Question: (inaudible)

Assistant Secretary Posner: Let me answer the first piece about our concern about religious freedom. I was here in January 2010, just after the people were killed in front of a church in Nagi Hammady. I spoke out about that then, and we continue to raise concerns about the slowness of the process to provide accountability. There are cases now that are being prosecuted, but we have continued to raise our concerns about the violence and to call for accountability in all of those cases. With regard to the funding, I would say that Congress has taken the initiative to say, and it is the prerogative of the Congress to say, that our future military aid will be conditioned on a democratic transition, and we want to do that in a way that is encouraging of an Egyptian process which allows Egyptians to participate. Again this is about Egyptians, not about the United States, but our desire to see democratic transition is very much shared by a great majority of Egyptian people. I think this should be viewed as a way to reinforce the aspirations of Egyptians to live in an open and free democratic society where their dignity is respected.

Question: What will be the next step of the U.S. to solve the situation in Syria?

Assistant Secretary Posner: It is hard to both be in Egypt for four days and to keep track of everything that is going on in Syria, but let me say a couple of things. We are very mindful and appreciative of the attention the Syrian issue has received from the Arab League in recent weeks. We are desirous of working in partnership with them, and there is certainly a hope and expectation that we can proceed to the UN Security Council soon, for the issue to be raised. My colleague, Jeffrey Feltman, who is the Assistant Secretary for the Middle East region, spent the last few days in Moscow discussing these issues with the Russians. We obviously have had a different view. We very much hope that, given the tragedy in Syria and the fact that so many innocent people have been and continue to be gunned down and killed, the international community can come together and take the next steps that will allow a return to a more peaceful situation and that Assad, which we said repeatedly, must go.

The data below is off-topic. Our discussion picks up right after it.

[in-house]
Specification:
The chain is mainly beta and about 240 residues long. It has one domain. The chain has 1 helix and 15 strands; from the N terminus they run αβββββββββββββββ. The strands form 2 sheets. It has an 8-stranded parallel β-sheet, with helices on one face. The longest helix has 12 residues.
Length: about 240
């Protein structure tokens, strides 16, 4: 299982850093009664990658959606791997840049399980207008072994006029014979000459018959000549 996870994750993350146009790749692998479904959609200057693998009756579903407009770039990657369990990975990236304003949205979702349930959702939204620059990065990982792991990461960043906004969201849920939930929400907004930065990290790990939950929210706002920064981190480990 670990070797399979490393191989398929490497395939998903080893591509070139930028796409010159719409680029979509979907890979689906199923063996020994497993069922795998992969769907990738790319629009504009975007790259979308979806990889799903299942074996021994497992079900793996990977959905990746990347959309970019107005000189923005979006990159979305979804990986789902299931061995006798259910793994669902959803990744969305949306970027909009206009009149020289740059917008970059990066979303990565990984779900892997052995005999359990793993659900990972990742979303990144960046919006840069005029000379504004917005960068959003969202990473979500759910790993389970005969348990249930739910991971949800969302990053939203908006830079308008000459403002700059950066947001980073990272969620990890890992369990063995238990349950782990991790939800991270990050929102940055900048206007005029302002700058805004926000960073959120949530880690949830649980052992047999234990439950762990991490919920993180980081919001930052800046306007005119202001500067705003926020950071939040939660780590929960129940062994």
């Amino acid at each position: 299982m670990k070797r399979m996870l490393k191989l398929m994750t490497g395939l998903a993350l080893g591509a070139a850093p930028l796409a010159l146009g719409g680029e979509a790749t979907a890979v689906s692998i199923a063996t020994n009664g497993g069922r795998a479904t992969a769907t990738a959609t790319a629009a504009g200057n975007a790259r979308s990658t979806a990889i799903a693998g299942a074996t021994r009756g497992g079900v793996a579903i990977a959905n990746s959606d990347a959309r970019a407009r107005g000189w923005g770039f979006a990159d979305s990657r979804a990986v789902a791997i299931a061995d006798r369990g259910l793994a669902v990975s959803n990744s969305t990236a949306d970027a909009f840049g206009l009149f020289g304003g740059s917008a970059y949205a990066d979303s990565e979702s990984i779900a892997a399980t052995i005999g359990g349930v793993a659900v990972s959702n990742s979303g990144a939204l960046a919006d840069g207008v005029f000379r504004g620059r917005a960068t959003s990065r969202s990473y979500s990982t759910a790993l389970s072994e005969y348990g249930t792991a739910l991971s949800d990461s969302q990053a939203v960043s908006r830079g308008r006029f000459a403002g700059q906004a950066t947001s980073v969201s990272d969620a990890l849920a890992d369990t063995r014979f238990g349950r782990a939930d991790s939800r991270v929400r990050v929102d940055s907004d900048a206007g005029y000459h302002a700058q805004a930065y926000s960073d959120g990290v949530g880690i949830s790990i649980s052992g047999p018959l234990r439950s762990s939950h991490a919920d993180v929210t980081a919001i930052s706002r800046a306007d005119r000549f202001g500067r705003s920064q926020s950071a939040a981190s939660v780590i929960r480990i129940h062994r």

Question: You said you met with civil society but you haven’t said anything about meeting with SCAF or government?

Assistant Secretary Posner: What I said is that I did have meetings with the government. I met with both the Ministry of Insurance and Social Affairs, which has the administrative oversight of NGOs. I also met with the Ministry of Foreign Affairs. So I did meet with the government and the agencies that are directly involved in the NGO issue. My purpose in coming here — this is my fourth visit here in the last couple of years — my purpose is to get a broad picture of human rights, to figure out how we can help advance human rights and support Egyptians who are working on these issues. I paid particular attention to the situation of NGOs and in particular human rights and democracy advocacy associations.

Disclaimer: The Office of Policy Planning and Public Diplomacy, in the Bureau of Democracy, Human Rights and Labor, of the U.S. Department of State manages this site as a portal for international human rights related information from the United States Government. External links to other internet sites should not be construed as an endorsement of the views or privacy policies contained therein.